Inorganic chemicals are used throughout the chemical universe - from ultra high purity silica for semiconductors, through mined industrial minerals used in industry or the construction trades. Common inorganic chemicals are often metal oxides, carbonates, halides, nitrates, nitrides, sulfides, phosphates, and sulfates. They can also be pure elements, such as gold, copper or iron. Organometallic compounds are also often considered inorganic chemicals.
Specific examples of industrial inorganic chemicals include silica, ammonium nitrate fertilizer, titanium dioxide pigment, metallic catalysts, and reagents for organic chemistry. The most common and important industrial inorganic chemicals include ammonia, ammonia salts, carbon black, chlorine, sulfuric acid and hydrochloric acid. There are also many specialty, small volume products for use in electronics, aerospace, energy and other demanding applications that often command high valuations.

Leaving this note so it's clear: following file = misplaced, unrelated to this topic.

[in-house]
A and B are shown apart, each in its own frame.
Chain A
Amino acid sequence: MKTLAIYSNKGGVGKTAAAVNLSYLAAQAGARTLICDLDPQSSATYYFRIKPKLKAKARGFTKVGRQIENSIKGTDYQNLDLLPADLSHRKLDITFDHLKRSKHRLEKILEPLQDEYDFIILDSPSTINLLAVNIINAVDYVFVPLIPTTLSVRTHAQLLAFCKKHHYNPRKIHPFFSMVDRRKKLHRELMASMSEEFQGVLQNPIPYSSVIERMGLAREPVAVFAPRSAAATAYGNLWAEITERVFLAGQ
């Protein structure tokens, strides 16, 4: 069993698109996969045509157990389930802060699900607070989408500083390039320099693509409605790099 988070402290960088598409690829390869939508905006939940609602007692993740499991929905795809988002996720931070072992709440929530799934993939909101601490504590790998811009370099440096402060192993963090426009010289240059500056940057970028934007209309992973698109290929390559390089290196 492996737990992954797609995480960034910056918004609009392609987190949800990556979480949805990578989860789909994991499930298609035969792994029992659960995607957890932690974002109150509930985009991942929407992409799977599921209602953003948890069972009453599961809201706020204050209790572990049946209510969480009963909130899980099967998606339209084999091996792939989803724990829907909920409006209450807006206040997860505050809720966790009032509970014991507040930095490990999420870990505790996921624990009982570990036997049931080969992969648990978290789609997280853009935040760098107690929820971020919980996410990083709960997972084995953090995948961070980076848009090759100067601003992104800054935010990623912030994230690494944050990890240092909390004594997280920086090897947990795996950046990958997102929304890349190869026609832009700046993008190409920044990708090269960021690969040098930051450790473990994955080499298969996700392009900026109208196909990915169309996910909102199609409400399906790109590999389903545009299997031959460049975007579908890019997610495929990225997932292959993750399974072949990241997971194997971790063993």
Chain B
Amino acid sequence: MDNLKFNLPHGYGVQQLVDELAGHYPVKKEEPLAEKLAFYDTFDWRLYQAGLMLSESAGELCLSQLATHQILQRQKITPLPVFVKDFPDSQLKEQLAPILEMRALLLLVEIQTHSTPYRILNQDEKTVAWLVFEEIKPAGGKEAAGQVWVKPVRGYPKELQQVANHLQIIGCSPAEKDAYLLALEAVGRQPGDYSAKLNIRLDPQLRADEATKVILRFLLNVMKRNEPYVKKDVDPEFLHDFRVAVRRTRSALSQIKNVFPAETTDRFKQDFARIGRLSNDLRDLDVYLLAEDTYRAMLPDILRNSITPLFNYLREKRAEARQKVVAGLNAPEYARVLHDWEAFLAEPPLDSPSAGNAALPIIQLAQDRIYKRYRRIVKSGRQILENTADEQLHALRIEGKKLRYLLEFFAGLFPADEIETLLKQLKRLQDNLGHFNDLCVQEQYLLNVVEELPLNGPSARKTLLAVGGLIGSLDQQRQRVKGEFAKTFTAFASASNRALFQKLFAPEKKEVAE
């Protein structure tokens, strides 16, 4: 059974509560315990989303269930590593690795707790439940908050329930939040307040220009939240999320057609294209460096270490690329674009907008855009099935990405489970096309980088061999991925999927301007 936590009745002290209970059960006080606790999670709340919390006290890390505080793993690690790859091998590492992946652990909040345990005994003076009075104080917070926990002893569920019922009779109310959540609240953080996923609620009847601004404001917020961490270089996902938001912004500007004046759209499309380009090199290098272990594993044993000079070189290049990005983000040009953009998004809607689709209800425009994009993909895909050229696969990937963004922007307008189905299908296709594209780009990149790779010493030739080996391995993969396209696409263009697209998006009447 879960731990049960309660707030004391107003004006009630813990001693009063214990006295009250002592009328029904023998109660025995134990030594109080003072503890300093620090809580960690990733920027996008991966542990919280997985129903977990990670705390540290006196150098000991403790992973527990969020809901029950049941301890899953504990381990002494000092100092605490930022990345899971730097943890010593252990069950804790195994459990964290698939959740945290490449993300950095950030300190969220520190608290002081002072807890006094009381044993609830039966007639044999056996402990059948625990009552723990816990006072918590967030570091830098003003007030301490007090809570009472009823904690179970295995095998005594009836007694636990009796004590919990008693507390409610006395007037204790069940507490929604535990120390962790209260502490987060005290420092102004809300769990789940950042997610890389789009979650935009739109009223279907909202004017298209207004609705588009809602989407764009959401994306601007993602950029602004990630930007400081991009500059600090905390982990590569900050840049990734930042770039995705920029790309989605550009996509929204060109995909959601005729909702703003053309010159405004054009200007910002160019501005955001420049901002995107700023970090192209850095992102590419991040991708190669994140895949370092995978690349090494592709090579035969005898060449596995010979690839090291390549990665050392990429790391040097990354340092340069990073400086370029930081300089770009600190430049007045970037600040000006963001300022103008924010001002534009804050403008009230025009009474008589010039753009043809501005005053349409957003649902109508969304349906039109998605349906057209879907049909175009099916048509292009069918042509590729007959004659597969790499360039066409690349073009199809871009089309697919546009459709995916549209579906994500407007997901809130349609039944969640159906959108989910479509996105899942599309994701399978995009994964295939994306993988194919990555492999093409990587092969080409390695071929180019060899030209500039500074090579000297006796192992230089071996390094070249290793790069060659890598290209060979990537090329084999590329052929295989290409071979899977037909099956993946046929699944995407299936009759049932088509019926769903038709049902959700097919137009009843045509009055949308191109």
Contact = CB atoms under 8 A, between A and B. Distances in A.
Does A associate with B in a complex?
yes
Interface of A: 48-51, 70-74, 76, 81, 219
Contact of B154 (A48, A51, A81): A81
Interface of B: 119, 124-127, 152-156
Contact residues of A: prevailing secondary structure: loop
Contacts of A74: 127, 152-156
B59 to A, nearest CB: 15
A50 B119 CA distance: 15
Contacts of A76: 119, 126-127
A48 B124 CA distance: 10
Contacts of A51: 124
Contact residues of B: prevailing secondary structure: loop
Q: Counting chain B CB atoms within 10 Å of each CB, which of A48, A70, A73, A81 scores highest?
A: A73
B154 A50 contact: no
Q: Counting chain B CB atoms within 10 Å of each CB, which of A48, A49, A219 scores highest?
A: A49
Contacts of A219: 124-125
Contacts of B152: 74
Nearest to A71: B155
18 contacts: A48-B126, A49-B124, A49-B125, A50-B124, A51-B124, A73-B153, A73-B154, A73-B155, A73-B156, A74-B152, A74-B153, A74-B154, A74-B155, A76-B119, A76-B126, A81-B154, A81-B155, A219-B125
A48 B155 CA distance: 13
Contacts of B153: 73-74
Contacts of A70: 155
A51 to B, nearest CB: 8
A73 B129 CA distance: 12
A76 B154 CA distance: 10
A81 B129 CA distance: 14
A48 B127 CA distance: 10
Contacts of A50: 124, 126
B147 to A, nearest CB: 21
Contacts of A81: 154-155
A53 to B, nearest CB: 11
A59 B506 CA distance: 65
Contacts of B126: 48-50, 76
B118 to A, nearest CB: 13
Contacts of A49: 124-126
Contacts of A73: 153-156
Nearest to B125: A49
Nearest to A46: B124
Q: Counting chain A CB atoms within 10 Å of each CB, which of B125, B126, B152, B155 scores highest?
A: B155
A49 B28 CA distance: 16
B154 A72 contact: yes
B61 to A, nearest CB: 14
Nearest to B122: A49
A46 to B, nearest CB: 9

Industrial minerals are generally inorganic chemicals found in nature. Aluminosilicate clays are one example, as are silica sands, bauxite, gypsum and rare earth minerals.
Grace Matthews recognizes that industrial minerals can be significantly different businesses than are specialty chemicals and intermediate petrochemicals. Most industrial minerals are produced by mining mineral deposits. Mineral processing mostly means separating and purifying, versus “cracking” a petrochemical, organic synthesis via a multi step reaction series, or formulating a paint. Understanding the competitive landscape, competitive technologies and the reserve status are all important factors in industrial minerals transactions.